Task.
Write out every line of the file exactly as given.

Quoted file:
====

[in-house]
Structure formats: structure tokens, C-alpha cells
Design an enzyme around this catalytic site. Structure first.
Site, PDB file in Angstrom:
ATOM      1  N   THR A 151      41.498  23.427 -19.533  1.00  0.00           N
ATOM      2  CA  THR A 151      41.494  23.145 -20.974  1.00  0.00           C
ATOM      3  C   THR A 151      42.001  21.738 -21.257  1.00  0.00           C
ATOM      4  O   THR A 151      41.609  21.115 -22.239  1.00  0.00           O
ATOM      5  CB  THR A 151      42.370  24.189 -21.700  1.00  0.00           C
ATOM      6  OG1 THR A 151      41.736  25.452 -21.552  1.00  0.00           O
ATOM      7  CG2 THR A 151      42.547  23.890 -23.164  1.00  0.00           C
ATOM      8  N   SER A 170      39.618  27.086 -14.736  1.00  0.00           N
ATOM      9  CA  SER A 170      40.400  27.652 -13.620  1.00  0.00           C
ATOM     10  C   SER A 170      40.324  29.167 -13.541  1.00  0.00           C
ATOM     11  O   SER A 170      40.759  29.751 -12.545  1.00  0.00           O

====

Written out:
[in-house]
Structure formats: structure tokens, C-alpha cells
Design an enzyme around this catalytic site. Structure first.
Site, PDB file in Angstrom:
ATOM      1  N   THR A 151      41.498  23.427 -19.533  1.00  0.00           N
ATOM      2  CA  THR A 151      41.494  23.145 -20.974  1.00  0.00           C
ATOM      3  C   THR A 151      42.001  21.738 -21.257  1.00  0.00           C
ATOM      4  O   THR A 151      41.609  21.115 -22.239  1.00  0.00           O
ATOM      5  CB  THR A 151      42.370  24.189 -21.700  1.00  0.00           C
ATOM      6  OG1 THR A 151      41.736  25.452 -21.552  1.00  0.00           O
ATOM      7  CG2 THR A 151      42.547  23.890 -23.164  1.00  0.00           C
ATOM      8  N   SER A 170      39.618  27.086 -14.736  1.00  0.00           N
ATOM      9  CA  SER A 170      40.400  27.652 -13.620  1.00  0.00           C
ATOM     10  C   SER A 170      40.324  29.167 -13.541  1.00  0.00           C
ATOM     11  O   SER A 170      40.759  29.751 -12.545  1.00  0.00           O